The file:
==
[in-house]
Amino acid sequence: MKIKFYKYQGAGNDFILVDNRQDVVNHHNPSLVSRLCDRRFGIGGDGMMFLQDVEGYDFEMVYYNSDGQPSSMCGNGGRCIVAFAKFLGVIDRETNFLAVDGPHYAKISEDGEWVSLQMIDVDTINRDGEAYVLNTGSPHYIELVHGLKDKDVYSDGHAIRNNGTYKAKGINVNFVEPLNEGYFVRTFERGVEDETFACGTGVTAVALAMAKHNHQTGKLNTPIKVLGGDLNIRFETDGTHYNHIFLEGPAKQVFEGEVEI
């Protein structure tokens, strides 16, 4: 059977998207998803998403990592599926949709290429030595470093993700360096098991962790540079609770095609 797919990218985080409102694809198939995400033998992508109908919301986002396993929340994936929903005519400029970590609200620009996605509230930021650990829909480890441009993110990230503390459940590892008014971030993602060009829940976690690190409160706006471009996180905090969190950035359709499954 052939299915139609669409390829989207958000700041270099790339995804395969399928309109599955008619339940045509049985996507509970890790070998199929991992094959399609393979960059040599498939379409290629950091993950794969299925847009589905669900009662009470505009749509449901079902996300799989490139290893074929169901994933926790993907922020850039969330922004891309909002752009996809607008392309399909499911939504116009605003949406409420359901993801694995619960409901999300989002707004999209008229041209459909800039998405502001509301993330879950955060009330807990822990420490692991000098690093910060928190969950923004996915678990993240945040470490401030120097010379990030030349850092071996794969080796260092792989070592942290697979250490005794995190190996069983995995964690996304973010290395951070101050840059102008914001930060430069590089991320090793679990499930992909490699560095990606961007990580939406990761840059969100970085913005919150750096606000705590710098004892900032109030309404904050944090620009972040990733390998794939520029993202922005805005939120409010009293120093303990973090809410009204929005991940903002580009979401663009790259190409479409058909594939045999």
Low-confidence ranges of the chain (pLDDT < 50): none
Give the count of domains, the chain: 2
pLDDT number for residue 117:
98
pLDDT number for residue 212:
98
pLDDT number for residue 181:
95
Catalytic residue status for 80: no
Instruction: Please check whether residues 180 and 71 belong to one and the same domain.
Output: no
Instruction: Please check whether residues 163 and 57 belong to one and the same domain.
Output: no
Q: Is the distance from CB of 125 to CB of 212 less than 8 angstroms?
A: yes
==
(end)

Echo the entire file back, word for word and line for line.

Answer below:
[in-house]
Amino acid sequence: MKIKFYKYQGAGNDFILVDNRQDVVNHHNPSLVSRLCDRRFGIGGDGMMFLQDVEGYDFEMVYYNSDGQPSSMCGNGGRCIVAFAKFLGVIDRETNFLAVDGPHYAKISEDGEWVSLQMIDVDTINRDGEAYVLNTGSPHYIELVHGLKDKDVYSDGHAIRNNGTYKAKGINVNFVEPLNEGYFVRTFERGVEDETFACGTGVTAVALAMAKHNHQTGKLNTPIKVLGGDLNIRFETDGTHYNHIFLEGPAKQVFEGEVEI
């Protein structure tokens, strides 16, 4: 059977998207998803998403990592599926949709290429030595470093993700360096098991962790540079609770095609 797919990218985080409102694809198939995400033998992508109908919301986002396993929340994936929903005519400029970590609200620009996605509230930021650990829909480890441009993110990230503390459940590892008014971030993602060009829940976690690190409160706006471009996180905090969190950035359709499954 052939299915139609669409390829989207958000700041270099790339995804395969399928309109599955008619339940045509049985996507509970890790070998199929991992094959399609393979960059040599498939379409290629950091993950794969299925847009589905669900009662009470505009749509449901079902996300799989490139290893074929169901994933926790993907922020850039969330922004891309909002752009996809607008392309399909499911939504116009605003949406409420359901993801694995619960409901999300989002707004999209008229041209459909800039998405502001509301993330879950955060009330807990822990420490692991000098690093910060928190969950923004996915678990993240945040470490401030120097010379990030030349850092071996794969080796260092792989070592942290697979250490005794995190190996069983995995964690996304973010290395951070101050840059102008914001930060430069590089991320090793679990499930992909490699560095990606961007990580939406990761840059969100970085913005919150750096606000705590710098004892900032109030309404904050944090620009972040990733390998794939520029993202922005805005939120409010009293120093303990973090809410009204929005991940903002580009979401663009790259190409479409058909594939045999």
Low-confidence ranges of the chain (pLDDT < 50): none
Give the count of domains, the chain: 2
pLDDT number for residue 117:
98
pLDDT number for residue 212:
98
pLDDT number for residue 181:
95
Catalytic residue status for 80: no
Instruction: Please check whether residues 180 and 71 belong to one and the same domain.
Output: no
Instruction: Please check whether residues 163 and 57 belong to one and the same domain.
Output: no
Q: Is the distance from CB of 125 to CB of 212 less than 8 angstroms?
A: yes